The National Observer is publishing Secrets of Government, a series of special reports describing what happens in the back rooms of power. We've seen secret no-penalty, no-prosecution deals CRA gave high-net-worth Canadians, continuation of huge subsidies to fossil fuel industries, regulators co-operating with businesses they allegedly regulate, political appointees waiving fines assessed by inspectors against pipeline operators and countless other examples. However, if an ordinary citizen seeks accommodations from government, the likelihood of receiving it is remote. One CRA program was supposed to ensure fair treatment but it has been so understaffed that the initial response to an individual's application could take more than a year. Because stalled fairness applications weren't fair, CRA made a change:
The Taxpayer Relief service standard is being deleted due to an inability to report reliable results.
Returning to the subject of Fintrac's "strong" message, I wonder if the bankers' reaction to the agency's warning was something like Churchill's in the 1941 Canadian Parliament when he offered this famed riposte to French Generals:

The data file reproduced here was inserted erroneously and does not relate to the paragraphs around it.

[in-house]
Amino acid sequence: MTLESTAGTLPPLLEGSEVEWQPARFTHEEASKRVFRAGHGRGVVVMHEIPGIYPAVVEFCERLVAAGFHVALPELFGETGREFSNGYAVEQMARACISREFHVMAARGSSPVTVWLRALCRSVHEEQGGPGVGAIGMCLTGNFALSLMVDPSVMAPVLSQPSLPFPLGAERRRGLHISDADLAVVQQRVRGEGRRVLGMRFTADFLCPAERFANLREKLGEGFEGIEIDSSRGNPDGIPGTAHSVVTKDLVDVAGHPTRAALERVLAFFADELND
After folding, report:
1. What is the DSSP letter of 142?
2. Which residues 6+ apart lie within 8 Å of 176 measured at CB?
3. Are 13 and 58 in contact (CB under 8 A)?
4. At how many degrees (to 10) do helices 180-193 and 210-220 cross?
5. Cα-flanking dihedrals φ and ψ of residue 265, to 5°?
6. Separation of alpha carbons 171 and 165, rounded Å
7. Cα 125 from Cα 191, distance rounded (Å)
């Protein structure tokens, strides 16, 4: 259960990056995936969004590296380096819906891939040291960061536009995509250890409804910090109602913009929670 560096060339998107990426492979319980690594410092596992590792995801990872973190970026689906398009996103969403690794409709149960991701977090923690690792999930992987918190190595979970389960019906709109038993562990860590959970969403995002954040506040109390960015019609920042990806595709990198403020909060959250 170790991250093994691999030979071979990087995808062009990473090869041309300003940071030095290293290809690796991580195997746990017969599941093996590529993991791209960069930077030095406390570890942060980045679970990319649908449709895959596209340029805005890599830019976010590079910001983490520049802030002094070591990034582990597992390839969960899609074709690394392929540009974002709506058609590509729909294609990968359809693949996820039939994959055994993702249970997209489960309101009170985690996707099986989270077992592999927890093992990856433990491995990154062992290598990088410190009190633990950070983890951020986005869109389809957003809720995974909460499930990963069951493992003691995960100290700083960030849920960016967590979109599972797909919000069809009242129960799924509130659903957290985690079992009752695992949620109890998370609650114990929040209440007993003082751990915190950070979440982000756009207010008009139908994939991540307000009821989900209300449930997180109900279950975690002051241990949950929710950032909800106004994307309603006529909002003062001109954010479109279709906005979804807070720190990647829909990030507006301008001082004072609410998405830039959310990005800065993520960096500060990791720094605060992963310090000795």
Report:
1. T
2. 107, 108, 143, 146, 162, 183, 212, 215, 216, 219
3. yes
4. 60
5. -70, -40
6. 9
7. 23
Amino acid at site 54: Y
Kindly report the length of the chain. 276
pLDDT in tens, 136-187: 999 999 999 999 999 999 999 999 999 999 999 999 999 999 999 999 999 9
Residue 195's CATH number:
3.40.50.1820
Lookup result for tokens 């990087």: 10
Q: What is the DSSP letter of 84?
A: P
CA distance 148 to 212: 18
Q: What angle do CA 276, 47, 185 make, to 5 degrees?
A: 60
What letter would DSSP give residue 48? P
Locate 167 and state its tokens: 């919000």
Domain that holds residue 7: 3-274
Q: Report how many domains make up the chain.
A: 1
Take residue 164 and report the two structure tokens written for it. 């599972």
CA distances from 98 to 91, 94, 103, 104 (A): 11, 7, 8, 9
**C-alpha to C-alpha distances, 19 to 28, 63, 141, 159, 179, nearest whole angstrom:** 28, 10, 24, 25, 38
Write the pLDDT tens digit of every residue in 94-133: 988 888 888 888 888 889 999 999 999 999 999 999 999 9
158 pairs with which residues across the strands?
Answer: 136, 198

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3 comments:

  1. Strong message? A whisper in the wind, for all the good it will do. To bad Fintrac wouldn't step up and start "prosecuting" political operatives, corporate malfeasants, and a host of political donors, from within and without the country, not to mention shady real estate operators.
    The Panama Papers are the tip of the iceberg. Do national governments, condone this obvious violation of Taxation legislation? Does the influence of cronyism, and corruption extend to so many of the worlds governments, that one seriously has to question the ideology of the corporate capitalist world, its "judgement, and ethical authenticity?"
    If true, the greed and corruption deserves extreme retribution, our system as an ideology is a farce,
    smoke and mirrors of decption , duplicity and lies.
    This will destroy far more than political and corporate careers, the lives of the elitist sociopaths, and illuminate the eyes of the public, the world over, to the criminality of those that use us and the so called socio-economic system for their own gain, while maintaining a lie of freedom and a false integrity.
    We the common taxpayer are prisoners of corruption, and the abuse of power, and our own belief in a deception, actively orchestrated by criminal intent, and fermented by corporate involvement, and of course a cooperative propaganda machine, that Herr Gobbels, would have greatly admired.

    ReplyDelete
  2. "The federal anti-money laundering agency has levied a $1.1-million penalty against an unnamed Canadian bank for failing to report a suspicious transaction and various money transfers."

    I would think people might want to know whether it was their bank being fined.

    ReplyDelete